Purgatory by Jeffrey Archer
A Prison Diary Volume 2

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Synopsis

On July 19, 2001, following a conviction for perjury, international bestselling author Jeffrey Archer was sentenced to four years in prison. Prisoner FF8282, as Archer is now known, spent the first three weeks in the notorious HMP Belmarsh, a high-security prison in South London, home to murderers, terrorists and some of Britain's most violent criminals.

On the last day of the trial, his mother dies, and the world's press accompany him to the funeral. On returning to prison, he's placed on the lifer's wing, where a cellmate sells his story to the tabloids. Prisoners and guards routinely line up outside his cell to ask for his autograph, to write letters, and to seek advice on their appeals.

For twenty-two days, Archer was locked in a cell with a murderer and a drug baron. He decided to use that time to write an hour-by-hour diary, detailing the worst three weeks of his life.

When A Prison Diary was published in England, it was condemned by the prison authorities, and praised by the critics.

 

About Jeffrey Archer

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JEFFREY ARCHER was educated at Oxford University. He has served five years in Britain's House of Commons and fourteen years in the House of Lords. All of his novels and short story collections-including Sins of the Father, And Thereby Hangs a Tale, A Prisoner of Birth, and Kane & Abel-have been international bestsellers. Archer is married with two sons and lives in London and Cambridge.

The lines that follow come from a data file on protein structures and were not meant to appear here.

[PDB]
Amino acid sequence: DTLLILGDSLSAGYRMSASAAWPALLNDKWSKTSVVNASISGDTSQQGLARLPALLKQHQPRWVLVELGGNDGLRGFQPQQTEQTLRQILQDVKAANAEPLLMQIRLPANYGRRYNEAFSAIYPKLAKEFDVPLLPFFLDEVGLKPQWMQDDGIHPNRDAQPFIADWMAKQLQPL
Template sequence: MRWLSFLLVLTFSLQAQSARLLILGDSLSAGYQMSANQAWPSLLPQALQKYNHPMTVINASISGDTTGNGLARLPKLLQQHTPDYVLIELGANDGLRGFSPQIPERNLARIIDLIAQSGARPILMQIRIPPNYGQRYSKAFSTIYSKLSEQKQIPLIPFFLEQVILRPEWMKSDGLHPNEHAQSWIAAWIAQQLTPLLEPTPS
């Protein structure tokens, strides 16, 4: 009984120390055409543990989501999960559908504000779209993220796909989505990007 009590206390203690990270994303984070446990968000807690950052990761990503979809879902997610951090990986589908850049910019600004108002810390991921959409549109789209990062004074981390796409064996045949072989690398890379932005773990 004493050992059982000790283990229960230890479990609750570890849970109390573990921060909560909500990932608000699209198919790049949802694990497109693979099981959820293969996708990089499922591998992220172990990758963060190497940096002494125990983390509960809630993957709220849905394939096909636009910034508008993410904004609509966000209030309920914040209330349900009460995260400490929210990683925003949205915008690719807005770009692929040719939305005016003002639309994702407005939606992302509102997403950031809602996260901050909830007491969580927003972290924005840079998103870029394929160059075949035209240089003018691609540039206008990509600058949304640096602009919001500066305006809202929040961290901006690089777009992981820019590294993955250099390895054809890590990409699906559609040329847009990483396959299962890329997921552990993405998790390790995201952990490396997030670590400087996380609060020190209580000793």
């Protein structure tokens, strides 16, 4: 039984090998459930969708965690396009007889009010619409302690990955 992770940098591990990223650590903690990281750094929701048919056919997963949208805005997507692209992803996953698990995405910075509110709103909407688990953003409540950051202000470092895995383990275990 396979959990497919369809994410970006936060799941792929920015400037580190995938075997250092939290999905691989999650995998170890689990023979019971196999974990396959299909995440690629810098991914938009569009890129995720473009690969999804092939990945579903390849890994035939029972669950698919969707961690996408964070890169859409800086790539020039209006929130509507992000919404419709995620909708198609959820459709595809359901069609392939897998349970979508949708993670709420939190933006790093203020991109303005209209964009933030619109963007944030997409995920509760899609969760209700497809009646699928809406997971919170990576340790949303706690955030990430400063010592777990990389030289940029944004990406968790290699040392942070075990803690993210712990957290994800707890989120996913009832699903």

Published April 1, 2010 by St. Martin's Press. 320 pages
Genres: Biographies & Memoirs, Political & Social Sciences, Crime, Literature & Fiction. Non-fiction

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When last we heard of the adventures of Lord Archer of Weston-super-Mare (A Prison Diary, 2003), our noble prisoner had completed three weeks of his four-year sentence for perjury, forgery, and obstruction of justice.

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Publishers Weekly

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As recounted in this second installment of his prison diary, Archer's 67 days at Wayland, a medium-security facility in Norfolk, sounds much more pleasant than the time he spent at a maximum-se

May 10 2004 | Read Full Review of Purgatory: A Prison Diary Vol...

Publishers Weekly

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What obviously kept him going—and will keep readers turning the pages—is his ability to write by hand up to 3,000 words a day of his journals and his 2002 novel, Sons of Fortune, while maintaining the wry humor that can cause him to comment, after seeing a recent TV adaptation of Great Expectati...

| Read Full Review of Purgatory: A Prison Diary Vol...

Publishers Weekly

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As recounted in this second installment of his prison diary, Archer's 67 days at Wayland, a medium-security facility in Norfolk, sounds much more pleasant than the time he spent at a maximum-se

May 10 2004 | Read Full Review of Purgatory: A Prison Diary Vol...

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